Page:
Service was very pleasant and present. The total before tip came to $161. With tip, to $193. So just below $50/head and we took enough leftovers home for the boys to have a full dinner the next day as well. So a pretty good value on the whole. The boys enjoyed their meal and the outing a lot. We loved eating out with them—and the fact that there was no fuss involved. The food itself we thought was at the okay end of the spectrum. Nothing was close to objectionable, nothing was anything we’d be in a hurry to eat again. It’s not a place anyone needs to drive very far to eat at, I don’t think. But if it were in our neighbourhood we’d probably stop in with the kids once every few months.
Alright, the odds are good that the boys will get another Italian meal out with us soon. I’m not sure they’re ready for Hyacinth yet. Maybe Broders’ Pasta Bar? (We’ve not been ourselves.) Or should we jump straight to Bar La Grassa? We had some reservations about our meal there a long time ago but should probably go back at some point. Somewhere else? Please advise. That won’t be for at least another month though. Next week’s Twin Cities report will likely be of lunch this coming weekend, probably featuring Korean fried chicken.
Bar La Grass reminded me of our meal 112 Eatery on Saturday. They’re firing on all cylinders. Professional servers, solid wine list, interesting items on the menu and they’re well executed. Probably not a good choice for kids.
Based on my last two experiences at BLG and Broder’s Pasta Bar, I’d favor Broder’s.
We actually have a reservation for 112 Eatery next month (sans kids).
More fancy Italian in Twin Cities: Hosteria I’nonni in Lilydale might have the best Italian wine list in the city. Food was good but it was a long time ago. Monello in the Hotel Ivy was also pretty good with the haute Italian.
We did Monello last year and weren’t too impressed with the food. I had a porchetta sandwich from Terzo back then and it was incredible; it’s across from Broder’s and is their sister restaurant and I’ve been wanting to return. It’s really hard to get a rezo at BLG unless you are a month out.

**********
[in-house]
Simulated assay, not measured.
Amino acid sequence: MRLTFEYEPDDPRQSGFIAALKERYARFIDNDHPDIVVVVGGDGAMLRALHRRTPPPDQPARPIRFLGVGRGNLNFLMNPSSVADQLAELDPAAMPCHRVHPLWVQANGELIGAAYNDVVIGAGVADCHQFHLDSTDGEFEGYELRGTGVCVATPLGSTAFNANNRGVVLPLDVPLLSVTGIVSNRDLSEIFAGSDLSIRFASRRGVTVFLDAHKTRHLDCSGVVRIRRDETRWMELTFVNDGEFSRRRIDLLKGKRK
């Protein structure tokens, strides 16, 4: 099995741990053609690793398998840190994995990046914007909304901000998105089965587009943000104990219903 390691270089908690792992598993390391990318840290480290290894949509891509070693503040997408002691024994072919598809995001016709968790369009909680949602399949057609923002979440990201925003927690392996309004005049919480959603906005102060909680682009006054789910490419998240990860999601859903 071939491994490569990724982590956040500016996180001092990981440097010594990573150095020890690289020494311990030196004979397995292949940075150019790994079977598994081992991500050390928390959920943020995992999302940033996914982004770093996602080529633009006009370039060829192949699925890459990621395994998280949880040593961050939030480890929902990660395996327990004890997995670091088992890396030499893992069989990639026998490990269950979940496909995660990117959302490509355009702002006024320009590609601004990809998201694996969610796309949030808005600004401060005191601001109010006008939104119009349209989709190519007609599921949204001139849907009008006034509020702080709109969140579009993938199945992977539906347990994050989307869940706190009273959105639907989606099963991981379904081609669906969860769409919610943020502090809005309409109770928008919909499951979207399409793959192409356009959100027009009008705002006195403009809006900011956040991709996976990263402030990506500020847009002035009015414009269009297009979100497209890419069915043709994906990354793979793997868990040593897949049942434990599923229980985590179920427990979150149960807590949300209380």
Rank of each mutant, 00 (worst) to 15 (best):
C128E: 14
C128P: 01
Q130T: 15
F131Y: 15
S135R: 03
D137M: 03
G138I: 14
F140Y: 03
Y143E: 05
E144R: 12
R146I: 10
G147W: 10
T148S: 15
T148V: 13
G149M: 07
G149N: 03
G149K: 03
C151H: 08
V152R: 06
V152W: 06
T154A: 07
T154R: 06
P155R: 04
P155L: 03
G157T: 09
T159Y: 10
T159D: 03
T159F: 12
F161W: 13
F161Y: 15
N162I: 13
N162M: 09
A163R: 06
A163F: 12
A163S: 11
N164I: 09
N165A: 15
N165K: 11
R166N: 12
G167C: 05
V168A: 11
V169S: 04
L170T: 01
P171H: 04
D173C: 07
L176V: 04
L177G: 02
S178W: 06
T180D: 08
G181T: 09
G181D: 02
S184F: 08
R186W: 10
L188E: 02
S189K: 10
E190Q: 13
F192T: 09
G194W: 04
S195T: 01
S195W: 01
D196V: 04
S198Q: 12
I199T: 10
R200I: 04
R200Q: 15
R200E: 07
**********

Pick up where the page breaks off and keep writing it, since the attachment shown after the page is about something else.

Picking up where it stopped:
I wouldn’t order spaghetti and meatballs out usually either, since it’s so simple to make at home, but I cheat and use a jar of Rao’s arrabiata, and good imported spaghetti, like Rummo’s; I always make my own meatballs though, though I’ve sometimes gotten them from Cosetta’s or Yarusso’s.
Your pizza looks *far* more “decorated” and cheesy than the peperoni pizza we had a week ago! I’m glad your sons liked it. You arrived at the conclusion we have: it’s a good place to have in the neighborhood but it’s not a destination restaurant.
I haven’t been to Broder’s Pasta Bar in years but did enjoy the visits then. You might want to check how busy they are if/before you go; apparently there was some sort of minor fire at the deli restaurant (as I call it) and as a result their other two restaurants nearby have been a little busier than usual.
Yes, the pizza looked like they took all the sausage they would have added if we’d asked for only sausage as the topping and added to it all the chicken they would have added if we’d asked for only chicken.
Ah, I see Broder’s Pasta Bar doesn’t take reservations…
Broder’s’ tagliarini is the dish of dreams. I’ve literally woken up thinking about it. We also always enjoy their seasonal salads. Worth a visit.
That sure is a colossal collection of words to actually say very little.
Always glad to be of service.